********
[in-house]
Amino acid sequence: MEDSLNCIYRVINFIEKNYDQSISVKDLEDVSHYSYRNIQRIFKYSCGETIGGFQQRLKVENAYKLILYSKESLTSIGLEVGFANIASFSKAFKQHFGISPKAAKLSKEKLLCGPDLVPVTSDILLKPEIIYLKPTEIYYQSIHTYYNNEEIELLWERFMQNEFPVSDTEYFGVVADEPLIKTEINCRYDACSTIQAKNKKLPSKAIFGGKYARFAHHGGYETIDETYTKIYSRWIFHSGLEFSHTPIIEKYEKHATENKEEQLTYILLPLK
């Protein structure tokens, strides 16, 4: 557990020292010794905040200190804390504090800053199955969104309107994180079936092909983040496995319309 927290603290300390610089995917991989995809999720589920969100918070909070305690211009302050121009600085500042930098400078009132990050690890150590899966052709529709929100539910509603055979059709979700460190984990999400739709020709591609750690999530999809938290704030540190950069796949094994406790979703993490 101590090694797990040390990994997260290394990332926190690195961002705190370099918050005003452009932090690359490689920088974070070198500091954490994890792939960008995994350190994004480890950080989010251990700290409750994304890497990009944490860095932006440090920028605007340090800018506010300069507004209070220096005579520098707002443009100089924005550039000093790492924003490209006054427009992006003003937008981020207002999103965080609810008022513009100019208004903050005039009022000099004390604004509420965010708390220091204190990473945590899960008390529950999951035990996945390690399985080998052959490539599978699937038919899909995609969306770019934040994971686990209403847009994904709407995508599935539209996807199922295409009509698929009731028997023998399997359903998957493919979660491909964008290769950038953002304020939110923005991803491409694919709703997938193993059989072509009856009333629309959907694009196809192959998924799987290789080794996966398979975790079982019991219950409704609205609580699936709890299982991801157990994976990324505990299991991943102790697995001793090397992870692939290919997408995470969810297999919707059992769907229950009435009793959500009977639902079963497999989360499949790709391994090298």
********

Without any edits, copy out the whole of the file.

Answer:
[in-house]
Amino acid sequence: MEDSLNCIYRVINFIEKNYDQSISVKDLEDVSHYSYRNIQRIFKYSCGETIGGFQQRLKVENAYKLILYSKESLTSIGLEVGFANIASFSKAFKQHFGISPKAAKLSKEKLLCGPDLVPVTSDILLKPEIIYLKPTEIYYQSIHTYYNNEEIELLWERFMQNEFPVSDTEYFGVVADEPLIKTEINCRYDACSTIQAKNKKLPSKAIFGGKYARFAHHGGYETIDETYTKIYSRWIFHSGLEFSHTPIIEKYEKHATENKEEQLTYILLPLK
């Protein structure tokens, strides 16, 4: 557990020292010794905040200190804390504090800053199955969104309107994180079936092909983040496995319309 927290603290300390610089995917991989995809999720589920969100918070909070305690211009302050121009600085500042930098400078009132990050690890150590899966052709529709929100539910509603055979059709979700460190984990999400739709020709591609750690999530999809938290704030540190950069796949094994406790979703993490 101590090694797990040390990994997260290394990332926190690195961002705190370099918050005003452009932090690359490689920088974070070198500091954490994890792939960008995994350190994004480890950080989010251990700290409750994304890497990009944490860095932006440090920028605007340090800018506010300069507004209070220096005579520098707002443009100089924005550039000093790492924003490209006054427009992006003003937008981020207002999103965080609810008022513009100019208004903050005039009022000099004390604004509420965010708390220091204190990473945590899960008390529950999951035990996945390690399985080998052959490539599978699937038919899909995609969306770019934040994971686990209403847009994904709407995508599935539209996807199922295409009509698929009731028997023998399997359903998957493919979660491909964008290769950038953002304020939110923005991803491409694919709703997938193993059989072509009856009333629309959907694009196809192959998924799987290789080794996966398979975790079982019991219950409704609205609580699936709890299982991801157990994976990324505990299991991943102790697995001793090397992870692939290919997408995470969810297999919707059992769907229950009435009793959500009977639902079963497999989360499949790709391994090298």